• “Luminita” (Issue 6), a short story by Ewa Bronowicz
    • “Voyage Around Lies” (Issue 8), narrative nonfiction by Ìgbékèléolúwa Sàláwù
    • “Flightless” (Issue 10), a short story by Gena LeBlanc

    Congratulations to all of the nominees, and best of luck! We’ll anxiously await announcement of the winners and will report back in a future issue about the results.

    Finally, our Editor’s Choice for this issue is the short story, Flightless, by Gena LeBlanc. I was intrigued by the story itself, but Ms. LeBlanc’s way with words is what makes this story so wonderful. She knows how to craft a fine sentence, and we look forward to seeing what she puts out next.

    It’s been a wonderful year of publishing this magazine, and Adam and I both look forward to another. We’d like to thank all our contributors and readers for your support, and hope you’ll enjoy this issue, which is jam-packed with interviews, poetry, the new Pomeroy story, and some incredible art.

    Keep reading. Keep writing. Keep doing whatever you do, and make it art.

    —E. Branden Hart, Executive Editor, 12/7/2014

     
    CONTENTS OF ISSUE 10:

    FICTION:

    Gena LeBlanc — “Flightless” (Editor’s Choice)

    Veronica Fitzhugh — “He: A Collection”

    Titus Green — “The Exile”

    James Hanna — “Pomeroy and the New World Order”

     
    REALITY:

    Rick Bailey — “Beans Squared”

    Dana Norris — “Ambivalence”

    “Twenty Questions with William Doreski”

    “Twenty Questions with W. Jack Savage”

    “An Interview with Larry G. Corey”

    “An Interview with L.T. Vargus and Tim McBain”

     
    POETRY:

    William Aarnes — Five Poems

    Jacqueline Jules — Four Poems

    Yvette A. Schnoeker-Shorb — Two Poems

    Kevin Murphy — Four Poems

    Brandy Ryan — “once/was”

    Charles Rafferty — “Working Toward a Definition of Luck”

    Larry Corey — Six Poems

    William Doreski — Three Poems

     
    VISUAL:

    W. Jack Savage — Three Images

    Lis-Anna Langston — Four Images

    Clinton Van Inman — Three Images

     
    BOOK REVIEW:

    Fade to Black/Bled White, by L.T. Vargus and Tim McBain

     

    Welcome to Issue 9

    We’ve been at this long enough now that, occasionally, I get questions like, “How do I get published in your magazine?” The easy answer to this question is, “Send us something that doesn’t suck.” But the real answer is more complicated. Thankfully, there are hundreds of articles on the Internet about how to get published in a literary and arts magazine, and I’m not going to rehash those points here. No, today, I’m going to show you the six easy steps to NOT getting published in our magazine—or any other, quite frankly.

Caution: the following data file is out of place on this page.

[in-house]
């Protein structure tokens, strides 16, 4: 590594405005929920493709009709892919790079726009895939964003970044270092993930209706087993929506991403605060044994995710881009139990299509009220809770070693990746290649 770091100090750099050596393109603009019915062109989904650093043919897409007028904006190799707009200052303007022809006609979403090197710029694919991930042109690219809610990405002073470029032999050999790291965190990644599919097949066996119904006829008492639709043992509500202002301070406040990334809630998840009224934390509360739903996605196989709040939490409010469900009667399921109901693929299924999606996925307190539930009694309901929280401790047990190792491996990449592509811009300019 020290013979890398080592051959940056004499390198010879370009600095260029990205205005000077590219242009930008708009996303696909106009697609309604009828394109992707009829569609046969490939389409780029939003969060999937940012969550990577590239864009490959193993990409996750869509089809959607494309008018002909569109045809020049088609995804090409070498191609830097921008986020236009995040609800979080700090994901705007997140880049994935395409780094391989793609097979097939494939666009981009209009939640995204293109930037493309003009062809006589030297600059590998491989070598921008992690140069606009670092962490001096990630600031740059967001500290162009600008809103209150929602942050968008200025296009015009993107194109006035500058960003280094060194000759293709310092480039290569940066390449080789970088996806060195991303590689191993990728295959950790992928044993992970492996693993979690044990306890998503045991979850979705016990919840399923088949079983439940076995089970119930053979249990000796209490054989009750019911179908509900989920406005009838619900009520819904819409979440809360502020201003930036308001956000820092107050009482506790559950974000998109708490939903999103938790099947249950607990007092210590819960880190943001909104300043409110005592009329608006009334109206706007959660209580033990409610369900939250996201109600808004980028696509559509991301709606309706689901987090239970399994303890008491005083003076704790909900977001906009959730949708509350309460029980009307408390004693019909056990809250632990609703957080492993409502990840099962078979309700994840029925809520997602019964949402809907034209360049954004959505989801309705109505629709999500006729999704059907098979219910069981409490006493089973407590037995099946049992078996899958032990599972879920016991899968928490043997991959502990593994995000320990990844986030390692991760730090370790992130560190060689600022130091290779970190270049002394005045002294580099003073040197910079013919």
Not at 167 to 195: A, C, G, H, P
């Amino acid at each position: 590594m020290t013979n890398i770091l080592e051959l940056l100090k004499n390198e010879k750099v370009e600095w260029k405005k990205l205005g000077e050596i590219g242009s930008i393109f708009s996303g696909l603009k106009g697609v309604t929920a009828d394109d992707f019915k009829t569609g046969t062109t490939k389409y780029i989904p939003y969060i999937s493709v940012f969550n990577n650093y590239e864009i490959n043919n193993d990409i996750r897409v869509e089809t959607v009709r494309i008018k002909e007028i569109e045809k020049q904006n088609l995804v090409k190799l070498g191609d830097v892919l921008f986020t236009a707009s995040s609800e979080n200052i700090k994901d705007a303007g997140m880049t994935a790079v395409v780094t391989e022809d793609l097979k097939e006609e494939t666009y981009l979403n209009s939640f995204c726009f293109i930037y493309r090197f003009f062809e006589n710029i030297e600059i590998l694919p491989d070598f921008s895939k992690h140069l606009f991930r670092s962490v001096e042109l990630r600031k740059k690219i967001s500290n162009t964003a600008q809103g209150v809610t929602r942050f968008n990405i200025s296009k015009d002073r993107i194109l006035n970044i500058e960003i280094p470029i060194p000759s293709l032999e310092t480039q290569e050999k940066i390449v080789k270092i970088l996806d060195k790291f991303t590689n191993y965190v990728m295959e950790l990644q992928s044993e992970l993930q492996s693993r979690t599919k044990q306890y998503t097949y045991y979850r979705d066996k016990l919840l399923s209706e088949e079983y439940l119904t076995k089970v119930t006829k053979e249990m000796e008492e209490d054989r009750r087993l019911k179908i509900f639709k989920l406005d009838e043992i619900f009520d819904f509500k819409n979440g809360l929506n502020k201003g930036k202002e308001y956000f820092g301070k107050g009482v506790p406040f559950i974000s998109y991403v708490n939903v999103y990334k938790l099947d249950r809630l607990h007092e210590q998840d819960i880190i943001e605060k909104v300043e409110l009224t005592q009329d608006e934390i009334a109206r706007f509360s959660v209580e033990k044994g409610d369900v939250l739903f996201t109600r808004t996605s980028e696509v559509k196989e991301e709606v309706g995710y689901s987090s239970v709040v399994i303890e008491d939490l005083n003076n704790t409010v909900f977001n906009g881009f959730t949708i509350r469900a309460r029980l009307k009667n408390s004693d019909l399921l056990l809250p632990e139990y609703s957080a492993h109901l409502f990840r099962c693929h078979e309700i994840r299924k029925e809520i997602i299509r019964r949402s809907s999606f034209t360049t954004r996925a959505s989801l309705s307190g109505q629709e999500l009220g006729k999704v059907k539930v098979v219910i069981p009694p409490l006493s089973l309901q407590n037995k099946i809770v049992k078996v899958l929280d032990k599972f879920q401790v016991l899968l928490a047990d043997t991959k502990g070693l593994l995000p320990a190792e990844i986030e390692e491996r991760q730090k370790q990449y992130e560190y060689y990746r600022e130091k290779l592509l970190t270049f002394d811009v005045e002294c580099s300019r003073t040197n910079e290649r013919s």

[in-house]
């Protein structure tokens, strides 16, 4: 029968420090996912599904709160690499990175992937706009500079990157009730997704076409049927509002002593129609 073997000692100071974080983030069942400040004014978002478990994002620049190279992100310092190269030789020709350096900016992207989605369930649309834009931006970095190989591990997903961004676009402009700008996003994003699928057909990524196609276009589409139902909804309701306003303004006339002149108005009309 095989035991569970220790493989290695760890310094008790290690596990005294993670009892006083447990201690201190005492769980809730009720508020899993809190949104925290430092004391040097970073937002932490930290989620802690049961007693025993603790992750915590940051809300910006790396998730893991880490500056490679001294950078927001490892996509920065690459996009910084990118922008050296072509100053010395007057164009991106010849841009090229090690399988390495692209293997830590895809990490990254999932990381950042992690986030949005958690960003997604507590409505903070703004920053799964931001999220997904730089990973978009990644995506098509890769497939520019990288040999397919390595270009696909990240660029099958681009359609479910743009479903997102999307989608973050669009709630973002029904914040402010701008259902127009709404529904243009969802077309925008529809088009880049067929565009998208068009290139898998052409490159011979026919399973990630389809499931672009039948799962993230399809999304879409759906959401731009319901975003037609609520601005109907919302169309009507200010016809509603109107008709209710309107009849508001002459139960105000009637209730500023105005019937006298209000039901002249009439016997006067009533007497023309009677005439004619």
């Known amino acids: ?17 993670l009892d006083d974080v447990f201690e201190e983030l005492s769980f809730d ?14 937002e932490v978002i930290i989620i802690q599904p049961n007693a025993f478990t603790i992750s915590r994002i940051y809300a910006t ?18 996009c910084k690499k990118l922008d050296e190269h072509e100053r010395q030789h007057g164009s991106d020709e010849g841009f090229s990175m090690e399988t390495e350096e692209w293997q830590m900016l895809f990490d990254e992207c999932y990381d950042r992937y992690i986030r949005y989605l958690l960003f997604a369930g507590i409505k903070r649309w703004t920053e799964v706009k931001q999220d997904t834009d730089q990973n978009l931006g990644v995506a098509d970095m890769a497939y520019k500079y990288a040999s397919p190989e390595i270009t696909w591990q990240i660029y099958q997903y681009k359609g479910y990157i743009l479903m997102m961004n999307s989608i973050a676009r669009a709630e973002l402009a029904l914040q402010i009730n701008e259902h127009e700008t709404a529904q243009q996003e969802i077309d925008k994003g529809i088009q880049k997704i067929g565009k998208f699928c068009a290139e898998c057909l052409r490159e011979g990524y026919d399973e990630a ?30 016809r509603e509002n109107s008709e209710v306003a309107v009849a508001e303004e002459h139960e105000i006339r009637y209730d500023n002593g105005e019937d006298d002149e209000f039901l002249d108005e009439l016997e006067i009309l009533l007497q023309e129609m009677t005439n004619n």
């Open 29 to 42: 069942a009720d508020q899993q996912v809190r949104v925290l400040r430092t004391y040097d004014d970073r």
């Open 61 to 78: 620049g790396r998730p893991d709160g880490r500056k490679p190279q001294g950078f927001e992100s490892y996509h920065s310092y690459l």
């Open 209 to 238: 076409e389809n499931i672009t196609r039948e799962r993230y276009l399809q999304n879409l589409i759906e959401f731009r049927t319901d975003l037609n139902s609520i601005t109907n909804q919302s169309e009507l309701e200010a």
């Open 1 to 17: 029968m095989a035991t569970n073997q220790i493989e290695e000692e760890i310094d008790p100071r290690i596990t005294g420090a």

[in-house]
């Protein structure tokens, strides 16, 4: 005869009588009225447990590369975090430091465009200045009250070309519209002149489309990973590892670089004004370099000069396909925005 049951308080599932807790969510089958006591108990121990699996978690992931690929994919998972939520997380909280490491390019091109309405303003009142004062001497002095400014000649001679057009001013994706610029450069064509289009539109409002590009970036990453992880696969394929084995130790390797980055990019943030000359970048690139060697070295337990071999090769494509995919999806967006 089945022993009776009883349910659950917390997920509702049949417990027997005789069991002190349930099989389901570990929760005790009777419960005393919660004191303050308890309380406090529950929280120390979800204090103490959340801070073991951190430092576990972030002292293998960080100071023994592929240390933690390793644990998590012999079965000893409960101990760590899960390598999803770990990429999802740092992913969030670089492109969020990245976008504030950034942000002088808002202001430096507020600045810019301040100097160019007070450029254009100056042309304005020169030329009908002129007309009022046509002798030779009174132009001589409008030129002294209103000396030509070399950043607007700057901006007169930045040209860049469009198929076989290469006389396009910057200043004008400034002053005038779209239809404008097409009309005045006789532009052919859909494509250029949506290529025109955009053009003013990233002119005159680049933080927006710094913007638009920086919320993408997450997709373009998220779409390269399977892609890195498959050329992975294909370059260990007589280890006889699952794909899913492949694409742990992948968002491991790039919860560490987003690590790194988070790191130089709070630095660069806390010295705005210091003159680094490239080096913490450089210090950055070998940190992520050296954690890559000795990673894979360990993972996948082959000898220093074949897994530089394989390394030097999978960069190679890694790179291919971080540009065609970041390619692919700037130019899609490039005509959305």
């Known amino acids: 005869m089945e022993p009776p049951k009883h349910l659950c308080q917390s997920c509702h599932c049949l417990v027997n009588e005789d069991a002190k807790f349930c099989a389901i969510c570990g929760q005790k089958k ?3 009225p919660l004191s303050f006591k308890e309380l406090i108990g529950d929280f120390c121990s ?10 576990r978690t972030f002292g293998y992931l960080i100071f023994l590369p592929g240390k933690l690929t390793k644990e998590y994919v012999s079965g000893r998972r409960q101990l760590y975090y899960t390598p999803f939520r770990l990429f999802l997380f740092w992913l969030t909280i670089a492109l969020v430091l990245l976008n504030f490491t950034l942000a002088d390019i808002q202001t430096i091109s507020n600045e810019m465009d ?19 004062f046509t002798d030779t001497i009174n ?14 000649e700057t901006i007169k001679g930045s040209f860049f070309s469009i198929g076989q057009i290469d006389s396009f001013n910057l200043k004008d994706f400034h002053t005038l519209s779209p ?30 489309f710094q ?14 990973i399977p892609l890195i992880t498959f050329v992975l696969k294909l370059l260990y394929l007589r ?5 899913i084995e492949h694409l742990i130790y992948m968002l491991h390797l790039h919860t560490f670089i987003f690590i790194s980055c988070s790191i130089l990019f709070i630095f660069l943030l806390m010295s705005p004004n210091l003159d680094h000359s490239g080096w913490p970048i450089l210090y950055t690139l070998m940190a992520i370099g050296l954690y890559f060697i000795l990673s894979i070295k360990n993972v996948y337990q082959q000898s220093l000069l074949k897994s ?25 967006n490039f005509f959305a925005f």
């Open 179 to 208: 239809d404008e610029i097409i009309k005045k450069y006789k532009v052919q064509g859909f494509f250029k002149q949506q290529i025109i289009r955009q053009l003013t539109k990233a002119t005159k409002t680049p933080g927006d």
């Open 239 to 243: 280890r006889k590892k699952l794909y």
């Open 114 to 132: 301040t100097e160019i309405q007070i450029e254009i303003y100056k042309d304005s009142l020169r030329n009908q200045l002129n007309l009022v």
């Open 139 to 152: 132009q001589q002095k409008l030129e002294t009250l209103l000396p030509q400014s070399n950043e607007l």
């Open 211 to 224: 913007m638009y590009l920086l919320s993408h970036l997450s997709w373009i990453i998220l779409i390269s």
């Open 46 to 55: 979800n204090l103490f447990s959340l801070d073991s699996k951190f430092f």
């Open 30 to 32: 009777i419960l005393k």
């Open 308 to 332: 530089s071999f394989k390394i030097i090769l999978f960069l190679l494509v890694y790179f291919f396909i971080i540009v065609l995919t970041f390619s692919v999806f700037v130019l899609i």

Six Easy Steps to Publishing Failure

    Step 1: Don’t read the magazine you’re submitting to.

    Traditional advice is to actually take the time to read past issues of the magazine you’re submitting to. This helps you make sure that the magazine is a good fit for your style, tone, and subject matter. But you’re a busy, busy genius with a romantic sci-fi psychological thriller set in a suburban neighborhood that’s stuck in the 1950s—your brilliant work transcends genres, and any magazine would love to have it! So go ahead and submit it to “Pets Weekly.” You’ve got a dog in one of the scenes, and once they read it, they’ll be so impressed that they’ll change their entire format just to give you a monthly column. SUCCESS!

    Step 2: Submission guidelines are for pussies. Ignore them.

    You’ve heard it time and time again: read and follow submission guidelines. But you’re an artist, man. You don’t follow the rules. You’re a rebel—that’s, like, your whole shtick. So their submission guidelines say they don’t accept electronic submissions—then why do they have an email address? Silly publishers. Forget snail mail—just shoot them an email, wow them with a kickass cover letter, and they’re sure to make an exception. Hey, speaking of cover letters…

    Step 3: Use your cover letter to show that you are funny/weird/awkward/pompous/racist.

    One of your friends told you not to bother putting much in your cover letter, because most publishers don’t actually read them. Well, fuck that. You’re going to MAKE them read your cover letter. You’re going to write some brilliant prose in a barely-legible font so they HAVE to look at it. You’re going to intrigue them with your description of how you’re a lone wolf artist, someone who’s got a sense of humor so unique that nobody else finds it funny. You’re going to tell them about how Shakespeare was a hack and monkeys could write better than David Foster Wallace. And they’re going to LOVE it.